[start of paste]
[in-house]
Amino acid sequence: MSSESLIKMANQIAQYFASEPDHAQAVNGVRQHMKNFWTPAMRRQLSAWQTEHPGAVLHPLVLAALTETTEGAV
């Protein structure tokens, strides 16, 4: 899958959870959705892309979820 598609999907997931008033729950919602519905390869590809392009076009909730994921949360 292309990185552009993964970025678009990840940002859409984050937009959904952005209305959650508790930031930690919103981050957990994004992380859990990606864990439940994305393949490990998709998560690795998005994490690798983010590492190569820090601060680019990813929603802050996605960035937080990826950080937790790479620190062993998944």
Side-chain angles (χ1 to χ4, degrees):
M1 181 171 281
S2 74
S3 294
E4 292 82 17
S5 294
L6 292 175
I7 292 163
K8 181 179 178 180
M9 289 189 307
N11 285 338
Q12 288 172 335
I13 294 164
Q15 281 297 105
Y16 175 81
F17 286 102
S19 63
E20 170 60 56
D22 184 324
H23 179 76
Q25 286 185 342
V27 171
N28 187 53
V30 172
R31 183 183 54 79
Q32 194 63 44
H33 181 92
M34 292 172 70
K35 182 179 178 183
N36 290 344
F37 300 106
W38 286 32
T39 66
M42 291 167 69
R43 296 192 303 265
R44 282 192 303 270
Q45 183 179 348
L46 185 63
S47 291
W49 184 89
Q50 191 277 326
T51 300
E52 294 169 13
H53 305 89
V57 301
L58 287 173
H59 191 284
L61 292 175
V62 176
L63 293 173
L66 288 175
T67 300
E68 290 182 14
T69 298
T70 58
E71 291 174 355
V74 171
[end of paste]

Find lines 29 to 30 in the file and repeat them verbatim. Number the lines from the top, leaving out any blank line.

Q32 194 63 44
H33 181 92